'Kinect has no clue that I even exist'

'Kinect has no clue that I even exist'
EDMONDS, Wash. -- A wheel-chair bound woman is disappointed after finding out the new XBox Kinect gaming system doesn't recognize her.

Susanna Martini was so excited to get an XBox360 Kinect for Christmas.

"Oh my gosh, oh my gosh it's so cool.... it's going to be neato," she siad.

At last, a controller-free gaming system she can play with her husband and 3 year old daughter. The Microsoft device responds to how you move. You can run a race against a friend, or use your hand as the controller.

But Susanna's excitement soon turned to disappointment. She has cerebral palsy, and uses a wheelchair to get around. But the Kinect doesn't recognize her in the seated position.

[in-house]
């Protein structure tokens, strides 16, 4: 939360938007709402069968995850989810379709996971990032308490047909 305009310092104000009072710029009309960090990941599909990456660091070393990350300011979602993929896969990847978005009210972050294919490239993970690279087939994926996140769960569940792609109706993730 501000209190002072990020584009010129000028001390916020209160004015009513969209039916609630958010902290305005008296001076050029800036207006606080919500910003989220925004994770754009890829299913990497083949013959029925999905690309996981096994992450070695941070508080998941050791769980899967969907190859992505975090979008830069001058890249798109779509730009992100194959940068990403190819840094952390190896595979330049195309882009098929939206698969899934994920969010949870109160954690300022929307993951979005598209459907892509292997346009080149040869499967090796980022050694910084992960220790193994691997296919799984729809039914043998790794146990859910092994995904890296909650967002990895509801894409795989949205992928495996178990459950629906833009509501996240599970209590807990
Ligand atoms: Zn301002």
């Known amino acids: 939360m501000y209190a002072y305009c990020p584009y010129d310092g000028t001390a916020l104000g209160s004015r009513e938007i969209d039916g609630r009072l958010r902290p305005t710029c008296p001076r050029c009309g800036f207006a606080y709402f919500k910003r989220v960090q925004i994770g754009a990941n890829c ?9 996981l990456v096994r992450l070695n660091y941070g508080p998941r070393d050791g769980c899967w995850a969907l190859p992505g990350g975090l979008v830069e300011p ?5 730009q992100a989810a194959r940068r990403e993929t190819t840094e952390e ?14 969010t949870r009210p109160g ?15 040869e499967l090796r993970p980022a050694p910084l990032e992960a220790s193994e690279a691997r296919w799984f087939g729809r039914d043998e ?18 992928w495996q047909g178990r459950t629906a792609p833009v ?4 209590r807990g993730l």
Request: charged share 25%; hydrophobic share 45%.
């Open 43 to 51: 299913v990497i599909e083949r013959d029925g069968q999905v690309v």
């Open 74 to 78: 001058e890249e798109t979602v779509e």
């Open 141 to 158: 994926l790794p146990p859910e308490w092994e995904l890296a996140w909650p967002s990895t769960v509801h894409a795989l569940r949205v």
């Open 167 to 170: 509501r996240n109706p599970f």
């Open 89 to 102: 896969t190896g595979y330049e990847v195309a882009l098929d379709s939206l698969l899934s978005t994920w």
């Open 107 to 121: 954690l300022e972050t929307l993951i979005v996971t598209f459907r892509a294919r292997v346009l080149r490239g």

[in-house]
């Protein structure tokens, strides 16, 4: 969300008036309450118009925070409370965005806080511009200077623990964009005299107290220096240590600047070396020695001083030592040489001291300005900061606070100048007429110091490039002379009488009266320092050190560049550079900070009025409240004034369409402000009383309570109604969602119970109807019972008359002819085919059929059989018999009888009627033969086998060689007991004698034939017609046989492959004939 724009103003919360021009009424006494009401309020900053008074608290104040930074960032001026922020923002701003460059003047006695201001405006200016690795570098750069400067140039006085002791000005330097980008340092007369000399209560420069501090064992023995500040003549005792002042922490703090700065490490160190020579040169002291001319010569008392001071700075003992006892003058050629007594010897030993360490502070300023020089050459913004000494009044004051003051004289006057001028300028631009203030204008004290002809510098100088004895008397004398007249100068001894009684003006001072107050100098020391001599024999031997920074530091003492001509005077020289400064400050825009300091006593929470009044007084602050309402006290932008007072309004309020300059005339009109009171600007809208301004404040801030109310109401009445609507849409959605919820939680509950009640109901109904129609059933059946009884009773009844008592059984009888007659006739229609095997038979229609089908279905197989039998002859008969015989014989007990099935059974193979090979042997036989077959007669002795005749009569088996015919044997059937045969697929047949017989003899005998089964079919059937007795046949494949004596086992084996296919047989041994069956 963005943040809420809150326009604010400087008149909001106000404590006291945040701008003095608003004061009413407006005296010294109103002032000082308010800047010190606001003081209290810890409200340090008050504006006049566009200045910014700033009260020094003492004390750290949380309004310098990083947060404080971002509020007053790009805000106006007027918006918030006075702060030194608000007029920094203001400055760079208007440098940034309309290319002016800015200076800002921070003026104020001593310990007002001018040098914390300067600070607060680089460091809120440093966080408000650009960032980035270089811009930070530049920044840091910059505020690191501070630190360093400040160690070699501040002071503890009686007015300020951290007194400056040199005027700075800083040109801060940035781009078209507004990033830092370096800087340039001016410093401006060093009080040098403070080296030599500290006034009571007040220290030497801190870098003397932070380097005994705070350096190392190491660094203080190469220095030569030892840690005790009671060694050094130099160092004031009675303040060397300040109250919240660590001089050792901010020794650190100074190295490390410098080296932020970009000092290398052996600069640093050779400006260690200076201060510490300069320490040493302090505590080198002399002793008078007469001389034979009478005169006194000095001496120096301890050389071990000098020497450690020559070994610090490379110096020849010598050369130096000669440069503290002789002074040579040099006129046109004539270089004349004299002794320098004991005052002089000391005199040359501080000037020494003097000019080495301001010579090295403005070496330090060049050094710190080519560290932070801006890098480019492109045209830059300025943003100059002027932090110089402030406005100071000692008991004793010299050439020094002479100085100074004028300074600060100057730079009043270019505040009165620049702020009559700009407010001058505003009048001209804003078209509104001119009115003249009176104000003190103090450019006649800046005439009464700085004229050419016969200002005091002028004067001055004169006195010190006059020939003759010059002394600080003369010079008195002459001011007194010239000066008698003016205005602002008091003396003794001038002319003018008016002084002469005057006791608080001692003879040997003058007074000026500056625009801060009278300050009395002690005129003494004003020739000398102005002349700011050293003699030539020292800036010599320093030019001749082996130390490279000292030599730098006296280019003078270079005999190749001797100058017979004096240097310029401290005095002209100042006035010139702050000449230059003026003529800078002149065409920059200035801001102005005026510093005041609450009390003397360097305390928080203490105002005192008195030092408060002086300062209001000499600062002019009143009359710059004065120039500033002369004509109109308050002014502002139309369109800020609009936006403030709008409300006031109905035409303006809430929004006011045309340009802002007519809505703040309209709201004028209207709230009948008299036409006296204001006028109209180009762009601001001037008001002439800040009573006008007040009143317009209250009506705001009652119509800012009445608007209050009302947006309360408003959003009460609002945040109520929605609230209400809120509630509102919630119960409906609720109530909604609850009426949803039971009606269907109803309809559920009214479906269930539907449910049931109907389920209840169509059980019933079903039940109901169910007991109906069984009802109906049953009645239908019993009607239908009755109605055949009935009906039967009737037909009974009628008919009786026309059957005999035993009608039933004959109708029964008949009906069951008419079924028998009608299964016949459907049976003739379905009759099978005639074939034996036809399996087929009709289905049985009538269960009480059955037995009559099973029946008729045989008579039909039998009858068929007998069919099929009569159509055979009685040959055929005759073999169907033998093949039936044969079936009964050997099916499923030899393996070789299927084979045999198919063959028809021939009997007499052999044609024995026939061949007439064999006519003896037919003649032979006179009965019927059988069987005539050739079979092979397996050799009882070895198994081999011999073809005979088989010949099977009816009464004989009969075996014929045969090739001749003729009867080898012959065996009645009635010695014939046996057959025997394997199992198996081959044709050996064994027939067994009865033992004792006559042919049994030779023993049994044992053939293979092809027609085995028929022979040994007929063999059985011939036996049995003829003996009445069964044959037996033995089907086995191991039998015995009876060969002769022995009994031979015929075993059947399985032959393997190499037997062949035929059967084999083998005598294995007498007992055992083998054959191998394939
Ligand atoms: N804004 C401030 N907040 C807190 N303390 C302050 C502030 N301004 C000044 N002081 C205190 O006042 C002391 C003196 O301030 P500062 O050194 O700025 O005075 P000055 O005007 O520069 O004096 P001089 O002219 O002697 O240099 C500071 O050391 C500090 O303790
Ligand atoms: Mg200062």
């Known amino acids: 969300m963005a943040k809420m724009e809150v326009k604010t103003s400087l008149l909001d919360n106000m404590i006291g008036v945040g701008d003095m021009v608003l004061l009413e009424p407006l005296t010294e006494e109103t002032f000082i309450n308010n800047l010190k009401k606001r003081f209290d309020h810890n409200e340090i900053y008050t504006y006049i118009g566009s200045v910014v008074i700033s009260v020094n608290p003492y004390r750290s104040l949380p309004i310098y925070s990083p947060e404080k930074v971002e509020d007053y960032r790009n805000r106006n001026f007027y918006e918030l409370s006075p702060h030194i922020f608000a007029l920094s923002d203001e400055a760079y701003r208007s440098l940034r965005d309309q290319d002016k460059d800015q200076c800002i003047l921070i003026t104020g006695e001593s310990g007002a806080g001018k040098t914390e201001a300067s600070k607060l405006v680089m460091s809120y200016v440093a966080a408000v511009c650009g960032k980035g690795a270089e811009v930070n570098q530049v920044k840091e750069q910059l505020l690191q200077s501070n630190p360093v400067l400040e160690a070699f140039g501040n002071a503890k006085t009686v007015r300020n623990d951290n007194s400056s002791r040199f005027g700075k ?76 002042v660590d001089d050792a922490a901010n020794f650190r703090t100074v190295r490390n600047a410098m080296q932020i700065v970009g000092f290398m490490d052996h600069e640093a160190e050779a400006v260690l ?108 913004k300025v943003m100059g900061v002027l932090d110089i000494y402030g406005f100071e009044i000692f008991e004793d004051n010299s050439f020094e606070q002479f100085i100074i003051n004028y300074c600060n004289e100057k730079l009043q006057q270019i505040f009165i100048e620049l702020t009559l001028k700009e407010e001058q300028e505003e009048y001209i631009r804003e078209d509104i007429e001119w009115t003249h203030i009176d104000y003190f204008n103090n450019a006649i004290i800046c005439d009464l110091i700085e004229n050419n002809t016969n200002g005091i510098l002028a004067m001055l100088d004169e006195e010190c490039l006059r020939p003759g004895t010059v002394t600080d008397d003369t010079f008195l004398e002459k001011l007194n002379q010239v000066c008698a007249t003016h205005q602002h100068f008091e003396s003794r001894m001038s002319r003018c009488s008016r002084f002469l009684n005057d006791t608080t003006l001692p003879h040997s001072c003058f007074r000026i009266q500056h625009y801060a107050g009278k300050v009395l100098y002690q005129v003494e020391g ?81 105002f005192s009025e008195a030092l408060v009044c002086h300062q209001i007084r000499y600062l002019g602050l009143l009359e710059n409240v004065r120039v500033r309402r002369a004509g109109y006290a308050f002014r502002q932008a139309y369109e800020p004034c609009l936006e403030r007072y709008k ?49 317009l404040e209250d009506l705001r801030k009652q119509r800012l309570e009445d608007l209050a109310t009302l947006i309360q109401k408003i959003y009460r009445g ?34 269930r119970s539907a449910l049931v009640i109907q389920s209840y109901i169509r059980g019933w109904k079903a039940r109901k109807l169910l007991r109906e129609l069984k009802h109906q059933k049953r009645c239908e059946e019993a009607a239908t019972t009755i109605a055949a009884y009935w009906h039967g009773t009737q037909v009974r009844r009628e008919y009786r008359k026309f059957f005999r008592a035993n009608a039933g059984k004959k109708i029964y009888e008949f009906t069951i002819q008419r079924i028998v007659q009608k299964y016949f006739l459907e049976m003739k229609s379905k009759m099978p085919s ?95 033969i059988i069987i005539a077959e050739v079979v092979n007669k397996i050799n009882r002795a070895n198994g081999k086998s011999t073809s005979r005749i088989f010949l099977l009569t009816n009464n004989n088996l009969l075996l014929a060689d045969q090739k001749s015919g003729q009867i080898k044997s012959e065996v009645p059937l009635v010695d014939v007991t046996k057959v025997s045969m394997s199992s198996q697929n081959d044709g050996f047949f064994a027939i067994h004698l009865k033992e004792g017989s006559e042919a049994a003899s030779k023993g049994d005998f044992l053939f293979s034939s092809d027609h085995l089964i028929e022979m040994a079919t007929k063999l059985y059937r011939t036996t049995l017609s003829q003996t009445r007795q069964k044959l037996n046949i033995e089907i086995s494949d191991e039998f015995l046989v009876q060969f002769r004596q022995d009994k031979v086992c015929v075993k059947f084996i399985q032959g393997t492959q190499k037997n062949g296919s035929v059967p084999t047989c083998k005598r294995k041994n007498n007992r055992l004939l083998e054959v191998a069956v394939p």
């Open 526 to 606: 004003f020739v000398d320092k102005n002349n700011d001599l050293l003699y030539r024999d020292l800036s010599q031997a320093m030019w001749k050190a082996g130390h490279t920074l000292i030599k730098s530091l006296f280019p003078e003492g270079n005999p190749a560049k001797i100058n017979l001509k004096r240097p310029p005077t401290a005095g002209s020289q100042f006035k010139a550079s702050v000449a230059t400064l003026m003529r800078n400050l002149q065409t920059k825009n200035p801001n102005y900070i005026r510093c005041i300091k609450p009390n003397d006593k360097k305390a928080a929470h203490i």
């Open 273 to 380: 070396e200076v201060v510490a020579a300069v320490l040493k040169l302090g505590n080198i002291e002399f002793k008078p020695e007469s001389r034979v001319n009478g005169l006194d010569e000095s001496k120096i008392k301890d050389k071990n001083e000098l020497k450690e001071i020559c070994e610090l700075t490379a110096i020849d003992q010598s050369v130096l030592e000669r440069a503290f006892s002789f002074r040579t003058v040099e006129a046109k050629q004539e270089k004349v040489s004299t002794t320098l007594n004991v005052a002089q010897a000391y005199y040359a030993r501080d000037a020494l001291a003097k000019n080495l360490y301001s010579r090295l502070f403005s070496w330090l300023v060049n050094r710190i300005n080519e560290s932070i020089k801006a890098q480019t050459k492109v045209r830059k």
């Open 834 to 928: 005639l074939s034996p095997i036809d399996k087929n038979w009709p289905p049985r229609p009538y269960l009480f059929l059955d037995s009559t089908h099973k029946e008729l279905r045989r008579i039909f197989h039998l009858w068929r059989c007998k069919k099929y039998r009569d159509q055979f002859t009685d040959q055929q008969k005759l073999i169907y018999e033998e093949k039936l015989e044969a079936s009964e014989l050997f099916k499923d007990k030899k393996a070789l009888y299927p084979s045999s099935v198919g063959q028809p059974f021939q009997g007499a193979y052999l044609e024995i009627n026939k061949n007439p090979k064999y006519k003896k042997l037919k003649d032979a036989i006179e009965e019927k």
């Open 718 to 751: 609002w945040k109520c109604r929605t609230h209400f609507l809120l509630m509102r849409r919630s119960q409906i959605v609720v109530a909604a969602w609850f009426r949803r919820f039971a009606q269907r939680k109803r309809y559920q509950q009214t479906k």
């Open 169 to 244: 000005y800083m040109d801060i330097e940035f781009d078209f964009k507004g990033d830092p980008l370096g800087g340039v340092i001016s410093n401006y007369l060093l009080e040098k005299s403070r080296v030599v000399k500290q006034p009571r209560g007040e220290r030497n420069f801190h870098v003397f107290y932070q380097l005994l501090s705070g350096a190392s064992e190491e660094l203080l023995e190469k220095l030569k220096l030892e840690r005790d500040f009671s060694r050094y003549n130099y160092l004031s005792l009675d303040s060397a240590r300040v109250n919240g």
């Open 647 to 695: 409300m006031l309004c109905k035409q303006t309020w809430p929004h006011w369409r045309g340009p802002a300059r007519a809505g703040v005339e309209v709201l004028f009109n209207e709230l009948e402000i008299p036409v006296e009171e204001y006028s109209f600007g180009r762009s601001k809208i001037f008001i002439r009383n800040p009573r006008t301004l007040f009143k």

"Kinect has no clue that I even exist," she said. "It's like I'm completely invisible to it."

According to Microsoft, "the initial wave of Kinect games were designed to be very active to take advantage of the sensor's ability to track full-body motion, and as a result, may be difficult or simply not possible to play in a seated position."

Martini says she doesn't mind that she can't play soccer.

"That's not a problem with me; that's cool. But I want to be able to play one game," she said.

That may happen in the future. A Microsoft spokesperson said "we're working to improve Kinect's skeletal tracking technology in ways that will help developers create games that incorporate seated play."

Martini says if they can just make it accessible, it would allow her to play with her family and not feel left out.

Microsoft also says seated users can enjoy controller-free entertainment features like ESPN on XBox Live, Zune, and Video Kinect.